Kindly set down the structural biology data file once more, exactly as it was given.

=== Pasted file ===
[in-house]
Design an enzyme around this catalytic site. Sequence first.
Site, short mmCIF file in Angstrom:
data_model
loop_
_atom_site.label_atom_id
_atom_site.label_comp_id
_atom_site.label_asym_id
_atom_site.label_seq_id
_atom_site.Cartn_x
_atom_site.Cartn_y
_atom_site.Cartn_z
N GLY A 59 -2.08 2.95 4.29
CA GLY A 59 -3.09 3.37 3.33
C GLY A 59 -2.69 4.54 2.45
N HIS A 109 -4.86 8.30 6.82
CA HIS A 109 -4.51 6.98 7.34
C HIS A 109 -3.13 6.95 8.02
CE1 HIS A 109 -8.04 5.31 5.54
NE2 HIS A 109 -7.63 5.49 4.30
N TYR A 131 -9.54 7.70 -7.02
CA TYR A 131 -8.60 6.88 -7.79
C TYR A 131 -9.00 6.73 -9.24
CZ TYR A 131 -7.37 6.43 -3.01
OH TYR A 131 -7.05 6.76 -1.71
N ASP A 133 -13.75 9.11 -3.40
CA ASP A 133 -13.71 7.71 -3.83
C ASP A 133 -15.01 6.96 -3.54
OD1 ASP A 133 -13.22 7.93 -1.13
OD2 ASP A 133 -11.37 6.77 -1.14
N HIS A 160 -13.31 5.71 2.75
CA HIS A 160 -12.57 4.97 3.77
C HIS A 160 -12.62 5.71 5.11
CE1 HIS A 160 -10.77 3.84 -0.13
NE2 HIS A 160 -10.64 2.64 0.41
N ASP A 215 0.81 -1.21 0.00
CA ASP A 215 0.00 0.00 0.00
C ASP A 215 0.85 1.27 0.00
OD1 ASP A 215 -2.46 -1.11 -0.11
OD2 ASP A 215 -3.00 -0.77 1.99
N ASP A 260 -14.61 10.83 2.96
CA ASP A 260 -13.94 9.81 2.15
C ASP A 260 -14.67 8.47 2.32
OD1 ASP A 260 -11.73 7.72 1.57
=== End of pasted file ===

[in-house]
Design an enzyme around this catalytic site. Sequence first.
Site, short mmCIF file in Angstrom:
data_model
loop_
_atom_site.label_atom_id
_atom_site.label_comp_id
_atom_site.label_asym_id
_atom_site.label_seq_id
_atom_site.Cartn_x
_atom_site.Cartn_y
_atom_site.Cartn_z
N GLY A 59 -2.08 2.95 4.29
CA GLY A 59 -3.09 3.37 3.33
C GLY A 59 -2.69 4.54 2.45
N HIS A 109 -4.86 8.30 6.82
CA HIS A 109 -4.51 6.98 7.34
C HIS A 109 -3.13 6.95 8.02
CE1 HIS A 109 -8.04 5.31 5.54
NE2 HIS A 109 -7.63 5.49 4.30
N TYR A 131 -9.54 7.70 -7.02
CA TYR A 131 -8.60 6.88 -7.79
C TYR A 131 -9.00 6.73 -9.24
CZ TYR A 131 -7.37 6.43 -3.01
OH TYR A 131 -7.05 6.76 -1.71
N ASP A 133 -13.75 9.11 -3.40
CA ASP A 133 -13.71 7.71 -3.83
C ASP A 133 -15.01 6.96 -3.54
OD1 ASP A 133 -13.22 7.93 -1.13
OD2 ASP A 133 -11.37 6.77 -1.14
N HIS A 160 -13.31 5.71 2.75
CA HIS A 160 -12.57 4.97 3.77
C HIS A 160 -12.62 5.71 5.11
CE1 HIS A 160 -10.77 3.84 -0.13
NE2 HIS A 160 -10.64 2.64 0.41
N ASP A 215 0.81 -1.21 0.00
CA ASP A 215 0.00 0.00 0.00
C ASP A 215 0.85 1.27 0.00
OD1 ASP A 215 -2.46 -1.11 -0.11
OD2 ASP A 215 -3.00 -0.77 1.99
N ASP A 260 -14.61 10.83 2.96
CA ASP A 260 -13.94 9.81 2.15
C ASP A 260 -14.67 8.47 2.32
OD1 ASP A 260 -11.73 7.72 1.57